This festive season many families will find themselves gathered around a hospital bed of a loved one diagnosed with a life-threatening blood disorder in need of a stem cell transplant, instead of the Christmas table.
At any given time, 200 South African patients are in need of a stem cell transplant, but many simply can’t afford the costs associated with the procedure.
To ease the financial burden of these families this festive season, the South African Bone Marrow Registry (SABMR) has again launched their Give A Little Save A Life campaign, with the aim of raising R300 000 for their Patient Assistance Programme this year. These funds will be used to cover the cost of donor recruitment, donor searches and related medical bills.
Kamiel Singh, Head of National Operations and Sustatinability for the SABMR says there are currently three patients on the registry’s Patient Assistance Programme that are in urgent need of financial assistance.
“Every case that is referred to the SABMR is treated with the utmost urgency to ensure that a patient has the best chance of survival.
“Right now, we are trying to assist an 11 year-old girl from Cape Town with Chronic Myeloid Leukaemia; a 55 year-old woman from Gauteng who has Myelodusplastic Syndrome and a man, aged 69, also from Gauteng, who has been diagnosed with Acute Myeloid Leukaemia. Your financial donation can help give these patients the second chance they so deserve,” he urges.
This festive season, SAMA-nominated singer-songwriter, Jarrad Ricketts and his wife, Kim-Lee, have become advocates for stem cell donation and will be encouraging supporters to donate, while challenging many of the myths around the process.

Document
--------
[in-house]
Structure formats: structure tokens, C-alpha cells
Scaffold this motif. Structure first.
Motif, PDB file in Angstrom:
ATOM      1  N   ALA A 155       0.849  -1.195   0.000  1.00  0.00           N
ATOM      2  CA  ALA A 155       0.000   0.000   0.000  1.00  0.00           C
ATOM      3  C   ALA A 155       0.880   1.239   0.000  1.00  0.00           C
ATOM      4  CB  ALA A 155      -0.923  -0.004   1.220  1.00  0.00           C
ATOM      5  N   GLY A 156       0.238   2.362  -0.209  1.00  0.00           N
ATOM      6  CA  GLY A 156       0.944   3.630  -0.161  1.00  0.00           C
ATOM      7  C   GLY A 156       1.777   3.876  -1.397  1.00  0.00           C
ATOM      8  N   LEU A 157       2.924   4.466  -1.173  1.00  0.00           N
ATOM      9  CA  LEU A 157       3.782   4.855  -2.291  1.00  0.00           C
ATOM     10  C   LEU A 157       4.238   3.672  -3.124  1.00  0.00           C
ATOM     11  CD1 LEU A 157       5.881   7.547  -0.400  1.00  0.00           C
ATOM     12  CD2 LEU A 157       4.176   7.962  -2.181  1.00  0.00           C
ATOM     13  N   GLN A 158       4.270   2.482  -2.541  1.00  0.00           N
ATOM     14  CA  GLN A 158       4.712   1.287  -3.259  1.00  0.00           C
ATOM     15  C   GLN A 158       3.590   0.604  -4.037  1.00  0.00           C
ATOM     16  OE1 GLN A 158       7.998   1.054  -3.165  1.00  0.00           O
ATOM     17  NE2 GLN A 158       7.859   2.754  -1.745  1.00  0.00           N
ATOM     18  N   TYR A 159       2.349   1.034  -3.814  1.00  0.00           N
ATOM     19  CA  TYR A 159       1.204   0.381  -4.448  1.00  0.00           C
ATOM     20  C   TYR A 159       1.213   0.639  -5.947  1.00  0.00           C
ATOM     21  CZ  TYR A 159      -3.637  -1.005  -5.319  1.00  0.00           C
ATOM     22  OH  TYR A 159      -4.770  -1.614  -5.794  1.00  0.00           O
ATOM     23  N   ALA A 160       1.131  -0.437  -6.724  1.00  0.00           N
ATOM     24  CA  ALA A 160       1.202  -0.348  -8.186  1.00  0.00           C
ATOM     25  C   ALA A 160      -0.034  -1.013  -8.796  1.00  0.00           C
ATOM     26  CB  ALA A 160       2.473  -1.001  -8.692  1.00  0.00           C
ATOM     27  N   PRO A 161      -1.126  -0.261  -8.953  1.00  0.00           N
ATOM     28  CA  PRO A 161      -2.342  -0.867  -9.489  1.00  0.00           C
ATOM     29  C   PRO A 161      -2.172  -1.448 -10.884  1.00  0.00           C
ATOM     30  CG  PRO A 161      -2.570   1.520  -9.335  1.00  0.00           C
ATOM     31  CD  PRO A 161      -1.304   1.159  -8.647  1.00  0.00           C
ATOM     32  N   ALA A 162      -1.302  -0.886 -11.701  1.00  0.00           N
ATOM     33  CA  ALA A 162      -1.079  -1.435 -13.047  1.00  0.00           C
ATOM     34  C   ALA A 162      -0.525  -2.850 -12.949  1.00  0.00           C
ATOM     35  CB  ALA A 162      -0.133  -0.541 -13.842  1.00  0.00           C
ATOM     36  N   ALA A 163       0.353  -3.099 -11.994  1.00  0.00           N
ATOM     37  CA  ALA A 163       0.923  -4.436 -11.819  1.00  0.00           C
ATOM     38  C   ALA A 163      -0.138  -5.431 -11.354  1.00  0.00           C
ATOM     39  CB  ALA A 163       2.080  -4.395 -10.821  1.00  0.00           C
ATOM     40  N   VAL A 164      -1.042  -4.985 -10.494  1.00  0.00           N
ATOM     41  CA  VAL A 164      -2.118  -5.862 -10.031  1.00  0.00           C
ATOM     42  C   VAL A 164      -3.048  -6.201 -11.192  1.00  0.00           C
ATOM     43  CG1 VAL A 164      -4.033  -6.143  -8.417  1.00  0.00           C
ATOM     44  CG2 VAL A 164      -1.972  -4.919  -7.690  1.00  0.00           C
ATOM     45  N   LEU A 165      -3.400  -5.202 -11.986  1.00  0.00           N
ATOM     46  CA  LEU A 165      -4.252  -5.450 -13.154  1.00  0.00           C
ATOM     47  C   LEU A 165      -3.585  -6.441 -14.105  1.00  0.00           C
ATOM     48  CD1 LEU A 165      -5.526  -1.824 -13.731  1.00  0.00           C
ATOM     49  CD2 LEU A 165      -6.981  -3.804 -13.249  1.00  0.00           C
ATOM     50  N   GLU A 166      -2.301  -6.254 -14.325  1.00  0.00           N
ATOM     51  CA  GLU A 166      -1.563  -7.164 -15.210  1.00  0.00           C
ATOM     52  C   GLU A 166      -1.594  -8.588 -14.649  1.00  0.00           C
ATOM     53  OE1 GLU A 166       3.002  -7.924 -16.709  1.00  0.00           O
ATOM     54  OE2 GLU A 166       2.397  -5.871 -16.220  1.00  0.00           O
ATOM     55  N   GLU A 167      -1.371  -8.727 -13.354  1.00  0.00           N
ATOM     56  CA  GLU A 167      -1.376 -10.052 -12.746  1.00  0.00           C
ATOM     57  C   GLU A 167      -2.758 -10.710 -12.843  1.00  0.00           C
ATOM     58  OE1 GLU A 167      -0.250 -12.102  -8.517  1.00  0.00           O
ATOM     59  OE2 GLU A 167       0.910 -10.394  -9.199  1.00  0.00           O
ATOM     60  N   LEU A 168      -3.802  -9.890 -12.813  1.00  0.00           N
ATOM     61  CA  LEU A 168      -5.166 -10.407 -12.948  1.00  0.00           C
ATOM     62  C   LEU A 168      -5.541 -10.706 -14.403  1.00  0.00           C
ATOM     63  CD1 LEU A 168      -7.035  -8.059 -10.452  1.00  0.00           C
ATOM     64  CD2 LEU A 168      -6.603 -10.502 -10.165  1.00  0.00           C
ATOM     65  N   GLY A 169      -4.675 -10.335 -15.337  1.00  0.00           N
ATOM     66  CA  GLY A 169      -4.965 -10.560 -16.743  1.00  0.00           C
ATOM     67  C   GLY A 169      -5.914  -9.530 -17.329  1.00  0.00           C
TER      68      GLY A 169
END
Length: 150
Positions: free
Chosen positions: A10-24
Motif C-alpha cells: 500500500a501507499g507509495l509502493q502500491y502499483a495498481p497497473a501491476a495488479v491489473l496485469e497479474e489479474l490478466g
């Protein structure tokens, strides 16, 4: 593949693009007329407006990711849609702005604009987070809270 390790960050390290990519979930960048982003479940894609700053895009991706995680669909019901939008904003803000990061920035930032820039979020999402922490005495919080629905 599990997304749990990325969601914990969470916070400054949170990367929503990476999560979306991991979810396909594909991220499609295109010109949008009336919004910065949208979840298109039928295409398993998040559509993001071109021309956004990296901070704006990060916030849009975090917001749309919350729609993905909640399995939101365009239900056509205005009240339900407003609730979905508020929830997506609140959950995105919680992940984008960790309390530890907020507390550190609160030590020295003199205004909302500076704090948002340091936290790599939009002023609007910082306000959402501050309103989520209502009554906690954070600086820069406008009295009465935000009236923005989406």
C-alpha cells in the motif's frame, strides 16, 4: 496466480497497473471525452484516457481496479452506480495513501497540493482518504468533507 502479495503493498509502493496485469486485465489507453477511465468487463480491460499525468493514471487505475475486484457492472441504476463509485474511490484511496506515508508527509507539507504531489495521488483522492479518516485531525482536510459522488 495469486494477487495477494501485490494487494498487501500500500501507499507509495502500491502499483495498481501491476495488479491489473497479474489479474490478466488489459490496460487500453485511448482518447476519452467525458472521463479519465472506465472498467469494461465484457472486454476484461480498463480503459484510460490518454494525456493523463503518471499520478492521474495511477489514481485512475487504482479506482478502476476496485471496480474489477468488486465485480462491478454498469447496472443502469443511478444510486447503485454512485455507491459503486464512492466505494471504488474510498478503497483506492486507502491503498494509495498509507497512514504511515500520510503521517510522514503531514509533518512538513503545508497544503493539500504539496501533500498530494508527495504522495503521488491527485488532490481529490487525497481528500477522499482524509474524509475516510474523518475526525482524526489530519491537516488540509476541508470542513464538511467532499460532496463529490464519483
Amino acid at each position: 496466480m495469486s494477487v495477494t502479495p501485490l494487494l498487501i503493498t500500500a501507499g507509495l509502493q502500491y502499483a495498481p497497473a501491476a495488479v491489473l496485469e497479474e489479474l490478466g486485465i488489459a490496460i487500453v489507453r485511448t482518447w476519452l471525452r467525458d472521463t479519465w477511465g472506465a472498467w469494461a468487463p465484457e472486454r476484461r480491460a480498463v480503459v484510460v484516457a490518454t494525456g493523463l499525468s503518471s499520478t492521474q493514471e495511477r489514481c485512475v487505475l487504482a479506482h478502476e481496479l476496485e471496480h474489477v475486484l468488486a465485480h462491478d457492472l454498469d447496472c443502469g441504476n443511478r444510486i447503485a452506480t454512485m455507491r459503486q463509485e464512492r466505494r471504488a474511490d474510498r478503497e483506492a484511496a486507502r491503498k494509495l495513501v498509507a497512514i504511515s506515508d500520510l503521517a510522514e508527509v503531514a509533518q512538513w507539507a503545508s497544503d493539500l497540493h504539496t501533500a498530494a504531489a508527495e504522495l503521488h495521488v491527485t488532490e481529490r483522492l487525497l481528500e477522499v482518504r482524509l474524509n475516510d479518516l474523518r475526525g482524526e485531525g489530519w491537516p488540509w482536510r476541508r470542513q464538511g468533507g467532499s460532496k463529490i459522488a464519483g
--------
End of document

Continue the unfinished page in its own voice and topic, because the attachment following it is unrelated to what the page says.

The famous musician says he was surprised to learn that people of colour are grossly underrepresented on the registry.
“It made me realise how much education still needs to be done to break the stigma around stem cell donation. Hundreds of South African patients die every year from blood related diseases, in many instances related to a shortage of mixed ethnicities, black, coloured and indian donors.
“Annually the SABMR has more than 200 patients on the waiting list for a stem cell transplant -50% of them are of colour, like me. It’s time that we question our reluctance to be involved and focus on the impact we can have on someone’s life.
“Disengagement from the donation process directly harms our communities. We need to be part of the registry more so than anyone else. When someone from a coloured, black or Indian community needs a bone marrow transplant, we struggle more than anyone else.
“My wife and I have pledged our commitment to the SABMR by registering as donors and I’d like to encourage all of my supporters to do the same. If we all do our bit, just think how many lives we can save.
“C’om, let’s be someone’s tomorrow this Christmas,” challenges Ricketts.
The couple will be appealing to the public via social media to boost donor sign ups and to raise much-needed funds for the SABMR’s Patient Assistance Programme. Follow them on @jarradrickettsent and @sabonemreg.
According to the SABMR, the coloured community are the least represented on their registry.
The breakdown per ethnic group is as follows:
– Coloured — 7.9%
– Asian /Indian — 9.9%
– Black — 10.1%
– White — 66.5%
For people of colour the odds of finding a donor match is 1 in 400 000, which needn’t be the case.
If you’re between the ages of 16 and 45, you’re eligible to sign up as a bone marrow stem cell donor.